>>>>>> scoped, but it is now trivial to turn on automatic, explicit scopes
or
>>>>>> namespaces that you can use when you don't want things to live in
the
>>>>>> global scope.
>>>>>>
>>>>>> Here's an example...  Do you use $velocityCount to get an index
of
>>>>>> sorts inside of #foreach directives?  Well, that's an example of
mixed
>>>>>> implicit/explicit namespacing that gets messy when you nest
>>>>>> #foreach's, with no good way to get the parent's count and
>>>>>> unwieldiness when you want to add $velocityIndex, $velocityHasNext
and
>>>>>> so on.  Now, we automatically manage a $foreach var that not only
has
>>>>>> a 'count' property, but an 'index', 'hasNext', 'parent', and so on
>>>>>> (see http://velocity.apache.org/engine/devel/apidocs/org/apache/velocity/runtime/directive/ForeachScope.html).
>>>>>>  It also, of course, accepts any property you want to set on it
(like
>>>>>> any map).  This makes templates instantly understandable, making
>>>>>> debugging much better.  You always know exactly what you are referring
>>>>>> to, and so does anyone else reading the template.
>>>>>>
>>>>>> #foreach is the only 'content directive' that has its explicit scope
>>>>>> automatically turned on, but all content containing directives
>>>>>> (including custom body macros) can have their own explicit,
>>>>>> auto-managed scope, named after themselves.  for example, you can
flip
>>>>>> the macro scope on:
>>>>>>
>>>>>> macro.provide.scope.control = true
>>>>>>
>>>>>> and do:
>>>>>>
>>>>>> #macro( outer $arg )
>>>>>>  #set( $macro.arg = $arg )
>>>>>>  #inner( 'inner' )
>>>>>> #end
>>>>>> #macro( inner $arg )
>>>>>>  #set( $macro.arg = $arg)
>>>>>>  inner: $macro.arg
>>>>>>  #if( $macro.parent )outer: $macro.parent.arg#end
>>>>>> #end
>>>>>>
>>>>>> #outer( 'outer' )
>>>>>> #inner( 'just inner' )
>>>>>>
>>>>>> and get
>>>>>>
>>>>>>  inner: inner
>>>>>>  outer: outer
>>>>>>  inner: just inner
>>>>>>
>>>>>> Hope this helps...
>>>>>>
>>>>>> In any case, there was plenty of thought and discussion that went
into
>>>>>> this change.  Search http://velocity.markmail.org for 'scope' and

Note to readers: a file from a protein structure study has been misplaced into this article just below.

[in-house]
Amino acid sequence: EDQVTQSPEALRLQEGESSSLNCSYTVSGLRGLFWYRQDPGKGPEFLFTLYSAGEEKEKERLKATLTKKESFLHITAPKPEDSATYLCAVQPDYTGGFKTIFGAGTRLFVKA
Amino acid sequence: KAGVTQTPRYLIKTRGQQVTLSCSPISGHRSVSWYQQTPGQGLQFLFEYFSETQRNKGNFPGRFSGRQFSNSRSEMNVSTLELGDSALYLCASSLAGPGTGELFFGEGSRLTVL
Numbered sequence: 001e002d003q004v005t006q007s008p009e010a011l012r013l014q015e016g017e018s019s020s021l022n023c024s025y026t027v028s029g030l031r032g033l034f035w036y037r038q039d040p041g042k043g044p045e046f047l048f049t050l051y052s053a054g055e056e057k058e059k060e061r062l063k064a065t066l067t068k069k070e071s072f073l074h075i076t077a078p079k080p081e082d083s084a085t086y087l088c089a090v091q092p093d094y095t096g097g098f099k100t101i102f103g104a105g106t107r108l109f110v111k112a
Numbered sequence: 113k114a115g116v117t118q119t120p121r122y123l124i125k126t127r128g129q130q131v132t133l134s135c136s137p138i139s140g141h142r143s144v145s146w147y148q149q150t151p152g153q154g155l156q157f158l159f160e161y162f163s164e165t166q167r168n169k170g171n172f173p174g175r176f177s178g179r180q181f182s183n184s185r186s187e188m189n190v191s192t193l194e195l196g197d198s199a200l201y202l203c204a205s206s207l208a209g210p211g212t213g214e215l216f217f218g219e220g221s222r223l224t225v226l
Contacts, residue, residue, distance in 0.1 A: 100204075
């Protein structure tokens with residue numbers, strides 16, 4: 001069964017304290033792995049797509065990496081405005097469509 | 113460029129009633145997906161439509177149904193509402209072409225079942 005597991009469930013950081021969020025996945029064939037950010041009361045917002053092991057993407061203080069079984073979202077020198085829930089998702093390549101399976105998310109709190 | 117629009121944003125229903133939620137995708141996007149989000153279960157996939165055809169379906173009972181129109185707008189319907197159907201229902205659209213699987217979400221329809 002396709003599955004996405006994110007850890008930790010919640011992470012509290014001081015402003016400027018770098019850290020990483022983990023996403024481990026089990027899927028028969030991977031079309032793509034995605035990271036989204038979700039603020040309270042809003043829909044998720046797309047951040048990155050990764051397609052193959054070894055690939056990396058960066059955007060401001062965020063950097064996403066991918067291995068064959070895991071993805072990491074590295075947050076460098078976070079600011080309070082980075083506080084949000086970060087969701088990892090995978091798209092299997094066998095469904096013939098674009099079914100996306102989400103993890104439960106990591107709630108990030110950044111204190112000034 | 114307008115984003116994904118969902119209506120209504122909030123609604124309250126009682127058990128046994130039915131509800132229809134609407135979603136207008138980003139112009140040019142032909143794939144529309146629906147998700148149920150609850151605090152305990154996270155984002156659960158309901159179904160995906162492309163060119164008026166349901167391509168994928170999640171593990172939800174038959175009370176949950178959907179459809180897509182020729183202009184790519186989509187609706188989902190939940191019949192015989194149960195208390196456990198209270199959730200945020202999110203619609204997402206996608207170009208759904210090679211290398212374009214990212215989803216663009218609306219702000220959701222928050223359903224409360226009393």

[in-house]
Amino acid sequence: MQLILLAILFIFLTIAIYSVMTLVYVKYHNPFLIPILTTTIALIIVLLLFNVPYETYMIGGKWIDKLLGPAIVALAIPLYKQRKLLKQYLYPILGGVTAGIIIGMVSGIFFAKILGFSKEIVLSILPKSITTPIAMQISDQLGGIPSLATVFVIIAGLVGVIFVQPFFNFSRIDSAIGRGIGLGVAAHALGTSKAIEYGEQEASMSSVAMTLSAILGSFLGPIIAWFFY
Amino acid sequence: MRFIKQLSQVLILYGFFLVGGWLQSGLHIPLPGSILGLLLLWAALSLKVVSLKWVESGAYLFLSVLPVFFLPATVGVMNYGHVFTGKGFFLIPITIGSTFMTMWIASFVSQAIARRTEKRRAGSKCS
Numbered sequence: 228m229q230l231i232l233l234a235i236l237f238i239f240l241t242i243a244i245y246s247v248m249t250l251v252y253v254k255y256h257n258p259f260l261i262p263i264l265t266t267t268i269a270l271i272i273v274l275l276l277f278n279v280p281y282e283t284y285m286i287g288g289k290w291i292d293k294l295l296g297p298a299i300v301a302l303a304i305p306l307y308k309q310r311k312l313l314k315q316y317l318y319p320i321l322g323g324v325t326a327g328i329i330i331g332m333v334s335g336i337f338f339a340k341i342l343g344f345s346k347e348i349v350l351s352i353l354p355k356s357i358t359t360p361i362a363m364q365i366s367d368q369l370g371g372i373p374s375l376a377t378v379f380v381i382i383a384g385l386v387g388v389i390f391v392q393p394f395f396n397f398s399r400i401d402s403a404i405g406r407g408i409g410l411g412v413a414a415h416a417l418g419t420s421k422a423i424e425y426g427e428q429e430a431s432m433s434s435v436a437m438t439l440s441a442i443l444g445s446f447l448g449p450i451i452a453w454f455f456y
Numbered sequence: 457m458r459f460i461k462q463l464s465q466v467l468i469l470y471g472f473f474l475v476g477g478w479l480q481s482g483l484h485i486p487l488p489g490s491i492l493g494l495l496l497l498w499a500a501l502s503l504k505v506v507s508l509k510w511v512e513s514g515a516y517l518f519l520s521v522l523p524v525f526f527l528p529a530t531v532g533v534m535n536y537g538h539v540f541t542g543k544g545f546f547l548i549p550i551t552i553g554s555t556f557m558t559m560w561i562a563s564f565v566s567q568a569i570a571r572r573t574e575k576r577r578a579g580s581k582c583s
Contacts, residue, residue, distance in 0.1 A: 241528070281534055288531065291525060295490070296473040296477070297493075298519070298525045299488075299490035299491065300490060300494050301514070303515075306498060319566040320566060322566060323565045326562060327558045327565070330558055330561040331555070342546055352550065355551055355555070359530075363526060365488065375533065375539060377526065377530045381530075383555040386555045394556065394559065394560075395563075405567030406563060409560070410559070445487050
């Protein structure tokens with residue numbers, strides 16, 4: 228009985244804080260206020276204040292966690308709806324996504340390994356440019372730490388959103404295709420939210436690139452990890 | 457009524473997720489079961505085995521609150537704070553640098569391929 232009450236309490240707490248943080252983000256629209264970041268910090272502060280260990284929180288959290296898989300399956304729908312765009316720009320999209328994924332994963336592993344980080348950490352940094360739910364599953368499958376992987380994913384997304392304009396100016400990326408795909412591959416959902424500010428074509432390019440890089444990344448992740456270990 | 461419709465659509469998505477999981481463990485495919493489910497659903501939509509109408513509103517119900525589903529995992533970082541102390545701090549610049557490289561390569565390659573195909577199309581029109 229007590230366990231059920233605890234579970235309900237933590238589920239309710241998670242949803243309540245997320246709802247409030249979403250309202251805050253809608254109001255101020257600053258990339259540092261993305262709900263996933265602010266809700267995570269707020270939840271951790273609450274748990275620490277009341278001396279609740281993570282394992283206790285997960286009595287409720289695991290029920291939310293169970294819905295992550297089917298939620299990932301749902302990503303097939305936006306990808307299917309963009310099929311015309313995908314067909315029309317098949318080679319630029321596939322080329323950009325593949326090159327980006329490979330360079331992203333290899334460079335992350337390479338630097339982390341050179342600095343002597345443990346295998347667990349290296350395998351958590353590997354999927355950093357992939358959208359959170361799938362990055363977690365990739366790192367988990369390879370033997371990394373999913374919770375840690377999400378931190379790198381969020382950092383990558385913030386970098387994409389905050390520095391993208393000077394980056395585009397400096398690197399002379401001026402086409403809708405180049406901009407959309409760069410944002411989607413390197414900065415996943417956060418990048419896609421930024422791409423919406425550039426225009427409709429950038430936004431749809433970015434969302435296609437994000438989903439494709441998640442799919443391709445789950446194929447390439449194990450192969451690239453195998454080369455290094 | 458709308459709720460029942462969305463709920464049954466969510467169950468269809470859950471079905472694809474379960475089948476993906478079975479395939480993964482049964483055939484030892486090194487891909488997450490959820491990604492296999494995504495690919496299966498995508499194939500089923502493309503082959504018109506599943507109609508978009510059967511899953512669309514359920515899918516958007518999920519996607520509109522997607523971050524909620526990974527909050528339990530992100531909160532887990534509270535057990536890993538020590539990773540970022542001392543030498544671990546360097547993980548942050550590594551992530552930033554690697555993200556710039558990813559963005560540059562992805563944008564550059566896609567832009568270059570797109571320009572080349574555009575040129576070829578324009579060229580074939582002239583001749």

you
>>>>>> should find more on this.
>>>>>>
>>>>>> On Mon, Apr 30, 2012 at 8:49 AM, Boris Partensky
>>>>>> <boris.partensky@gmail.com> wrote:
>>>>>>> Hello, while going through the upgrade I noticed an incompatible
>>>>>>> behavior during nested macro evaluation. Looks like in 1.7 (all
>>>>>>> default properties) child macro has access to variables set in
parent
>>>>>>> macro scope (and those take precedence over globals), and 1.5
sees
>>>>>>> globals. In the following example, in 1.5 unit test the following
>>>>>>> template will evaluate to "globalvar", and in 1.7 - to
>>>>>>> "outermacroparam". Is this expected behavior?
>>>>>>>
>>>>>>>
>>>>>>> 1.5 test case
>>>>>>>
>>>>>>>
>>>>>>> public void testVelocityNestedMacroScope() throws Exception
>>>>>>>    {
>>>>>>>        VelocityEngine ve = new VelocityEngine();
>>>>>>>
>>>>>>>        ve.init();
>>>>>>>
>>>>>>>        String template = "#macro(outerMacro $arg1)"+
>>>>>>>                          "#innerMacro('blah')"+
>>>>>>>                          "#end"+
>>>>>>>                          "#macro(innerMacro $arg2)$arg1#end"+
>>>>>>>
>>>>>>> "#set($arg1='globalval')#outerMacro('outermacroparam')";
>>>>>>>        StringWriter eval = new StringWriter();
>>>>>>>        boolean b = ve.evaluate(new VelocityContext(), eval,
"foo", template);
>>>>>>>        assertEquals(eval.toString(), "globalval", eval.toString());
>>>>>>>
>>>>>>>    }
>>>>>>>
>>>>>>> 1.7 test case
>>>>>>>
>>>>>>>
>>>>>>>  public void testVelocityNestedMacroScope()
>>>>>>>    {
>>>>>>>        String template = "#macro(outerMacro $arg1)"+
>>>>>>>                          "#innerMacro('blah')"+
>>>>>>>                          "#end"+
>>>>>>>                          "#macro(innerMacro $arg2)$arg1#end"+
>>>>>>>
>>>>>>> "#set($arg1='globalvar')#outerMacro('outermacroparam')";
>>>>>>>        String eval = evaluate(template);
>>>>>>>        assertEquals(eval, "outermacroparam", eval);
>>>>>>>
>>>>>>>    }
>>>>>>>